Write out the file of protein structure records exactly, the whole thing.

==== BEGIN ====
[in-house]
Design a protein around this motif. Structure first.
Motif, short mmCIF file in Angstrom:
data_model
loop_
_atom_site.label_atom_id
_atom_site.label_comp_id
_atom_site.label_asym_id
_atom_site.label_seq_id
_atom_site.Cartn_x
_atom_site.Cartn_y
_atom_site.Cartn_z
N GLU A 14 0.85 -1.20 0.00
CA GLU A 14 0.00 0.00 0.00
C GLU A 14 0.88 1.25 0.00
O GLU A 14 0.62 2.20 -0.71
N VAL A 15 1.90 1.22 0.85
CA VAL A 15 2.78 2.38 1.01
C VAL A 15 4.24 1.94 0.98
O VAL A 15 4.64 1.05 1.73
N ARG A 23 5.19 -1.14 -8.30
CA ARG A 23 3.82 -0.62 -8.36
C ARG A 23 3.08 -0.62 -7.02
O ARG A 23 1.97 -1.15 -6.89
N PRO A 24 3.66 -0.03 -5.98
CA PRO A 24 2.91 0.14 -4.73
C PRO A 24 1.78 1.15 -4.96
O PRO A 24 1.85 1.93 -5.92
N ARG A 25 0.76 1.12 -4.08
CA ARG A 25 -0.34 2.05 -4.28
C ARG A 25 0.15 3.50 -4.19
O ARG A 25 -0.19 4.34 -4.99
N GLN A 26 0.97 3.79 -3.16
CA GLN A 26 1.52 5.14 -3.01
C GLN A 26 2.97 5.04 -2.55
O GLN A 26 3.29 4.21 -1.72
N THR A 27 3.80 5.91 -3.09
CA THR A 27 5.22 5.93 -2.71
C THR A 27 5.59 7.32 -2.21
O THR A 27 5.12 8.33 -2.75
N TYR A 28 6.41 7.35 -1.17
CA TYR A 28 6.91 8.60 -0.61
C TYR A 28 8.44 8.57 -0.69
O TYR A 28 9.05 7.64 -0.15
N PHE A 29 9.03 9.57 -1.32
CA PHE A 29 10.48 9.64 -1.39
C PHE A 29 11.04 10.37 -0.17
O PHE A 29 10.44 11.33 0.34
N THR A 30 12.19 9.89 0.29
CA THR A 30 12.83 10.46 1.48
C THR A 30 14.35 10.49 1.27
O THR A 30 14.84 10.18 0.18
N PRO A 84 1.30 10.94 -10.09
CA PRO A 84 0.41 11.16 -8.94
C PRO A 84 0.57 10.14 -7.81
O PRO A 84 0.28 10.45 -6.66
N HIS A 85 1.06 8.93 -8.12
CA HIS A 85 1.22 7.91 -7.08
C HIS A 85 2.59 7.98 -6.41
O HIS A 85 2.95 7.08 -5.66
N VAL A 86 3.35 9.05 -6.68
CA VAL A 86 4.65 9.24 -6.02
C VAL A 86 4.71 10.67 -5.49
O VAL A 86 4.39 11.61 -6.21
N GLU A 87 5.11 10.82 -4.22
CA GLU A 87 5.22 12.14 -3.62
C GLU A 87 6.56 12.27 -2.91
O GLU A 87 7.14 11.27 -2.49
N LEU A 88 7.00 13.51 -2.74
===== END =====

[in-house]
Design a protein around this motif. Structure first.
Motif, short mmCIF file in Angstrom:
data_model
loop_
_atom_site.label_atom_id
_atom_site.label_comp_id
_atom_site.label_asym_id
_atom_site.label_seq_id
_atom_site.Cartn_x
_atom_site.Cartn_y
_atom_site.Cartn_z
N GLU A 14 0.85 -1.20 0.00
CA GLU A 14 0.00 0.00 0.00
C GLU A 14 0.88 1.25 0.00
O GLU A 14 0.62 2.20 -0.71
N VAL A 15 1.90 1.22 0.85
CA VAL A 15 2.78 2.38 1.01
C VAL A 15 4.24 1.94 0.98
O VAL A 15 4.64 1.05 1.73
N ARG A 23 5.19 -1.14 -8.30
CA ARG A 23 3.82 -0.62 -8.36
C ARG A 23 3.08 -0.62 -7.02
O ARG A 23 1.97 -1.15 -6.89
N PRO A 24 3.66 -0.03 -5.98
CA PRO A 24 2.91 0.14 -4.73
C PRO A 24 1.78 1.15 -4.96
O PRO A 24 1.85 1.93 -5.92
N ARG A 25 0.76 1.12 -4.08
CA ARG A 25 -0.34 2.05 -4.28
C ARG A 25 0.15 3.50 -4.19
O ARG A 25 -0.19 4.34 -4.99
N GLN A 26 0.97 3.79 -3.16
CA GLN A 26 1.52 5.14 -3.01
C GLN A 26 2.97 5.04 -2.55
O GLN A 26 3.29 4.21 -1.72
N THR A 27 3.80 5.91 -3.09
CA THR A 27 5.22 5.93 -2.71
C THR A 27 5.59 7.32 -2.21
O THR A 27 5.12 8.33 -2.75
N TYR A 28 6.41 7.35 -1.17
CA TYR A 28 6.91 8.60 -0.61
C TYR A 28 8.44 8.57 -0.69
O TYR A 28 9.05 7.64 -0.15
N PHE A 29 9.03 9.57 -1.32
CA PHE A 29 10.48 9.64 -1.39
C PHE A 29 11.04 10.37 -0.17
O PHE A 29 10.44 11.33 0.34
N THR A 30 12.19 9.89 0.29
CA THR A 30 12.83 10.46 1.48
C THR A 30 14.35 10.49 1.27
O THR A 30 14.84 10.18 0.18
N PRO A 84 1.30 10.94 -10.09
CA PRO A 84 0.41 11.16 -8.94
C PRO A 84 0.57 10.14 -7.81
O PRO A 84 0.28 10.45 -6.66
N HIS A 85 1.06 8.93 -8.12
CA HIS A 85 1.22 7.91 -7.08
C HIS A 85 2.59 7.98 -6.41
O HIS A 85 2.95 7.08 -5.66
N VAL A 86 3.35 9.05 -6.68
CA VAL A 86 4.65 9.24 -6.02
C VAL A 86 4.71 10.67 -5.49
O VAL A 86 4.39 11.61 -6.21
N GLU A 87 5.11 10.82 -4.22
CA GLU A 87 5.22 12.14 -3.62
C GLU A 87 6.56 12.27 -2.91
O GLU A 87 7.14 11.27 -2.49
N LEU A 88 7.00 13.51 -2.74